London, Mar 20 (UNI) Even as the number of undergraduates in the UK is expected to fall over the next decade, new statistics reveal that there is a constant rise in Indian students taking admissions at British universities.
A report from Universities UK -- the umbrella body for university leaders -- said there would be a fall in the numbers of 18 to 20-year-olds. The overall decline equates to 70,000 full-time undergraduate places over the next 10 years.
However, during the period between 2005 and 2007, there was a seven per cent rise in the number of students from the non-EU countries studying in the UK.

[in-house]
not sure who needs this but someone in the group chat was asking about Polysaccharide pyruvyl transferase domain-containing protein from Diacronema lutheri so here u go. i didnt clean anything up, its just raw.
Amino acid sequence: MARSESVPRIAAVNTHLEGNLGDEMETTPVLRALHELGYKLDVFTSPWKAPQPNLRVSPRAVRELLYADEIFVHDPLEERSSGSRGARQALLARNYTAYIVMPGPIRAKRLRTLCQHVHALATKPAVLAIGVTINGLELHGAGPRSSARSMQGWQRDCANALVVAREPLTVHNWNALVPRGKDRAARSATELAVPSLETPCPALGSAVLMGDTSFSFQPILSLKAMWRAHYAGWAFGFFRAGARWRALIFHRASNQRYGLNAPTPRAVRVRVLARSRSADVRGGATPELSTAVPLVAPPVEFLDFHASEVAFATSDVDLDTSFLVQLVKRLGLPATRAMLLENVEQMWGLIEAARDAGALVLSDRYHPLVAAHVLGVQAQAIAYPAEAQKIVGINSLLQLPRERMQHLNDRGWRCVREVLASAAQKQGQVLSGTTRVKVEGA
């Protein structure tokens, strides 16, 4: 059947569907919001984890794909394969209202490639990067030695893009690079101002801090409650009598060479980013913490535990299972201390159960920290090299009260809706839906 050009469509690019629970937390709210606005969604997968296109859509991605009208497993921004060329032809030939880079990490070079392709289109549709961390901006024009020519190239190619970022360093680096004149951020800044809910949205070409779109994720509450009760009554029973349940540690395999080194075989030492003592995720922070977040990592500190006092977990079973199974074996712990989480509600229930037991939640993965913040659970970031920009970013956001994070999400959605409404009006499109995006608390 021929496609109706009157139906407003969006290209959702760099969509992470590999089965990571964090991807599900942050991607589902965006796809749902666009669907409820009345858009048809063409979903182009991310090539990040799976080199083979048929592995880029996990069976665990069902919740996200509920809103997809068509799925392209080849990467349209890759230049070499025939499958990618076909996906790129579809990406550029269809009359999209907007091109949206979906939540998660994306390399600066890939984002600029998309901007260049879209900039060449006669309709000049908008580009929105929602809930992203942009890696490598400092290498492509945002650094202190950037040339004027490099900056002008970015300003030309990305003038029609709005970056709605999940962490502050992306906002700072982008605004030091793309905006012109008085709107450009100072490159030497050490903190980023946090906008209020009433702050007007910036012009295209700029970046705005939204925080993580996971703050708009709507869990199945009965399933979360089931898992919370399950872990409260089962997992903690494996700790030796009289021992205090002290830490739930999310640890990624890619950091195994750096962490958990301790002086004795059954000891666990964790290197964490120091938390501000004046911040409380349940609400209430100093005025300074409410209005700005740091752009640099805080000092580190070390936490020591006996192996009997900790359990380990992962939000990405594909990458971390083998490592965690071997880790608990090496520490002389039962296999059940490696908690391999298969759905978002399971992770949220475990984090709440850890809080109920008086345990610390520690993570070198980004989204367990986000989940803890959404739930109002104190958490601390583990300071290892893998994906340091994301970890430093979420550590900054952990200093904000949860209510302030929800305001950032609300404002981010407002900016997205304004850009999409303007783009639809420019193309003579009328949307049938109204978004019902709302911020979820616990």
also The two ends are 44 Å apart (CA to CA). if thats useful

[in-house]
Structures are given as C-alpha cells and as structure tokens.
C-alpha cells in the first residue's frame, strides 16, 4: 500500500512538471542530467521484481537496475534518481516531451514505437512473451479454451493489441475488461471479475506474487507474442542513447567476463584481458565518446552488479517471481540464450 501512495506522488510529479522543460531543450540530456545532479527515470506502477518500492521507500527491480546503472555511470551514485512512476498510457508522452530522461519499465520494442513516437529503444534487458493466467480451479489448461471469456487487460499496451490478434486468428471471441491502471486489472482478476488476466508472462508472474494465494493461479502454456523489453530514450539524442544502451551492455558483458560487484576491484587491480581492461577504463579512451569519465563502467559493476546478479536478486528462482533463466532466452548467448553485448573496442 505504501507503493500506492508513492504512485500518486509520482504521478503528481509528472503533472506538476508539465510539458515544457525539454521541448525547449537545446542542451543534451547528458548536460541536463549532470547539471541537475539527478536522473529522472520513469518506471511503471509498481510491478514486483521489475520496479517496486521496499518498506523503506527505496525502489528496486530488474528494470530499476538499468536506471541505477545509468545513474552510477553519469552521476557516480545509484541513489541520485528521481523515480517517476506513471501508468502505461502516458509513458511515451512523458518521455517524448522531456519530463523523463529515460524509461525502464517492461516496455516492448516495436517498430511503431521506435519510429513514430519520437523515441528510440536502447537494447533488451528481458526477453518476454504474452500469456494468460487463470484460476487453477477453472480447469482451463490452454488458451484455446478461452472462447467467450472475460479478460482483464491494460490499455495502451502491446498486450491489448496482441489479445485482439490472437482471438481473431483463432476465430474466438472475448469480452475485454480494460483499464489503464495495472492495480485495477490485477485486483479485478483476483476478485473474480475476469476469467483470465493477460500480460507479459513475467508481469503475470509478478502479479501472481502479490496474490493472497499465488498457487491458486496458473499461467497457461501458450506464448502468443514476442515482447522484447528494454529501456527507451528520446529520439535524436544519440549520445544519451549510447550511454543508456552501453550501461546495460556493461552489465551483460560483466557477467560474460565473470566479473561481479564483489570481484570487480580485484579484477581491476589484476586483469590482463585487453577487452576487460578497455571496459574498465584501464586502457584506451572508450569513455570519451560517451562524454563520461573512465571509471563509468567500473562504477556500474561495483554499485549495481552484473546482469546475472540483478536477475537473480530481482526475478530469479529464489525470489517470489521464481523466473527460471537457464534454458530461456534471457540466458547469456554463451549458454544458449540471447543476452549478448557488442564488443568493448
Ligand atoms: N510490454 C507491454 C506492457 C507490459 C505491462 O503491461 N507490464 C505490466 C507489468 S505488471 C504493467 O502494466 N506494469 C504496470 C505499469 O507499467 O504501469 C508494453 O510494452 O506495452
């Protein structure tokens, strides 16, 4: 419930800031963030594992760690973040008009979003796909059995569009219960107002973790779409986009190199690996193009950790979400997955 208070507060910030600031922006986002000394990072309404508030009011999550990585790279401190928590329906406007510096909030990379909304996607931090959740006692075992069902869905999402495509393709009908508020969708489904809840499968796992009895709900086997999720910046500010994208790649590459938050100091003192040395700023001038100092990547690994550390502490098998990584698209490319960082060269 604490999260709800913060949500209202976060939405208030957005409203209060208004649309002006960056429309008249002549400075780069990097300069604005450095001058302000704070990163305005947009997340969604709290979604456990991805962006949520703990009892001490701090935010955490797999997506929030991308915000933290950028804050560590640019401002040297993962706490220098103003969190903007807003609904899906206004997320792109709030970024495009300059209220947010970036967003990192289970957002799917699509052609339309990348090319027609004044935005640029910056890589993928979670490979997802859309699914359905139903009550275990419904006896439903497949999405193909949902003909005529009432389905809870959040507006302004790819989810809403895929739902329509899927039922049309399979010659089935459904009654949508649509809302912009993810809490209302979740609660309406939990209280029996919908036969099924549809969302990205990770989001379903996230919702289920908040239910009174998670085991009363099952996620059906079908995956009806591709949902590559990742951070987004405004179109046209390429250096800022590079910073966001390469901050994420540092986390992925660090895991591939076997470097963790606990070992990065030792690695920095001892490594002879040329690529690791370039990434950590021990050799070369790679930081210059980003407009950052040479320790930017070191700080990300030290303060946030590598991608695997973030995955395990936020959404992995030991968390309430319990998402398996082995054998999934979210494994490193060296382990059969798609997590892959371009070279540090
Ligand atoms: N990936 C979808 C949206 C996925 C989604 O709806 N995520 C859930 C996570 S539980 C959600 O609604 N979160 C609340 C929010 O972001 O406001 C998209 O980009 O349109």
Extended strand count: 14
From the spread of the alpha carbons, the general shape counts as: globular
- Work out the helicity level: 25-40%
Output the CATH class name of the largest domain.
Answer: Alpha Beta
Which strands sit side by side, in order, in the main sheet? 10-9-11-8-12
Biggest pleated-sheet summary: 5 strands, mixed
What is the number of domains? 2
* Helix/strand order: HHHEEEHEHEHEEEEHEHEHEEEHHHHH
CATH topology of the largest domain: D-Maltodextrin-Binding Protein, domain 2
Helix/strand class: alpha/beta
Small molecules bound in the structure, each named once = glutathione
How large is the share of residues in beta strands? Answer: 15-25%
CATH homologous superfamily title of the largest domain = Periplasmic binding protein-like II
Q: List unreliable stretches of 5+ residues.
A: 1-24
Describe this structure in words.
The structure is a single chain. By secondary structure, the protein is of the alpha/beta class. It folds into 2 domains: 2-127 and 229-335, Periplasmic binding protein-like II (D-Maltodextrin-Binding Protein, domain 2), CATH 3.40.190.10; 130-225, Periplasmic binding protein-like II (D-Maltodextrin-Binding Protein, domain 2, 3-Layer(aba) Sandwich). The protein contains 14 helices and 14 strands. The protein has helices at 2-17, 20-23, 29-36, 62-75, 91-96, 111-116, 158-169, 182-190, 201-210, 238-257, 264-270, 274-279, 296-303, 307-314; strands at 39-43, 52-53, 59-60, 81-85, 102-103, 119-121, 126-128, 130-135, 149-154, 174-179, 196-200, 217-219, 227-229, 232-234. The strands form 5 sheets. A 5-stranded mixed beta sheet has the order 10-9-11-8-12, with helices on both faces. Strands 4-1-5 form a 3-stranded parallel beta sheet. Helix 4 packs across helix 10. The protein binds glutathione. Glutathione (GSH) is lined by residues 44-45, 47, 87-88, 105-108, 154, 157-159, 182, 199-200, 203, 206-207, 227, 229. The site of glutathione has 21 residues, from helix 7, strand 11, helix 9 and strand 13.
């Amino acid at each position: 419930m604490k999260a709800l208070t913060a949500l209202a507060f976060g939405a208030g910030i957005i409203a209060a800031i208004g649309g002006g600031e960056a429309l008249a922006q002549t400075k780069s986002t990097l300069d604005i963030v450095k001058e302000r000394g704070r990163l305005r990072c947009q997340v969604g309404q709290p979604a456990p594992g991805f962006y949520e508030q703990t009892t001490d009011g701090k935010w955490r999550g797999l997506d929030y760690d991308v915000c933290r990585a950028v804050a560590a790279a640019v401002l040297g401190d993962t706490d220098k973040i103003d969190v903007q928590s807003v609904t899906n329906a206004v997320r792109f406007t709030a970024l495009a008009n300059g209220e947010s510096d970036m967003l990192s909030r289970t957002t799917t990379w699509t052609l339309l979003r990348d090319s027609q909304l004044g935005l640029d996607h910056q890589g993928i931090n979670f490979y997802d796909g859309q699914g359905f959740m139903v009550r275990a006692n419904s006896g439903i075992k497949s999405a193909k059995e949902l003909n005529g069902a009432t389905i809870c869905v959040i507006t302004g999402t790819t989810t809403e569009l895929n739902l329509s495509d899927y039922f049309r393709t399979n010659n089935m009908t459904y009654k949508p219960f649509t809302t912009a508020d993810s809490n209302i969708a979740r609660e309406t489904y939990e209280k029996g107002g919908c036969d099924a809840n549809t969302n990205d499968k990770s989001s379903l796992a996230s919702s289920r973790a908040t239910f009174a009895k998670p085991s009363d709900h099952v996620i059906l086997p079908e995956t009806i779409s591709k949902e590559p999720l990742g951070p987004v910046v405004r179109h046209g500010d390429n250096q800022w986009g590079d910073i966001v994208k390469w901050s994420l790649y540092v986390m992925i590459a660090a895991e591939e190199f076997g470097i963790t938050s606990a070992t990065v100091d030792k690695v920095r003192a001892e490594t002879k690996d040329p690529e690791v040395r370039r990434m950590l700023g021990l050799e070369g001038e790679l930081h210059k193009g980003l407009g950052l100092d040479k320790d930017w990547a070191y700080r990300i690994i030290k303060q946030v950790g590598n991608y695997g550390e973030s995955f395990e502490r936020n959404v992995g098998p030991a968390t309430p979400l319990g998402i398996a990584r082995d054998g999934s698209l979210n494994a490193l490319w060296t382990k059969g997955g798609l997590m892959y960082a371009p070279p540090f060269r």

Total numbers of the non-EU students rose from 2,23,855 to 2,39,210, figures released by the Higher Education Statistics Agency.
The number of Indian students rose by 24 per cent from 19,205 to 23,835 over that time.
China remains the source of the highest number of non-UK higher education students, although numbers fell by two per cent from 50,755 in 2005/06 to 49,595 in 2006/07. During this time, the number of university students from the EU countries rose by six per cent, from 106,225 to 112,260.
The biggest increase was among Polish students, whose number rose by 56 per cent from 4,325 in 2005/06 to 6,770 in 2006/07.
The number of students from Lithuania and Latvia also increased by 53 per cent and 64 per cent respectively.
The largest group of students from another EU country studying in the UK is from the Irish Republic. Their numbers dipped slightly though, falling by three per cent from 16,790 to 16,255.
between 2005 and 2007.
UNI XC SYU DB1831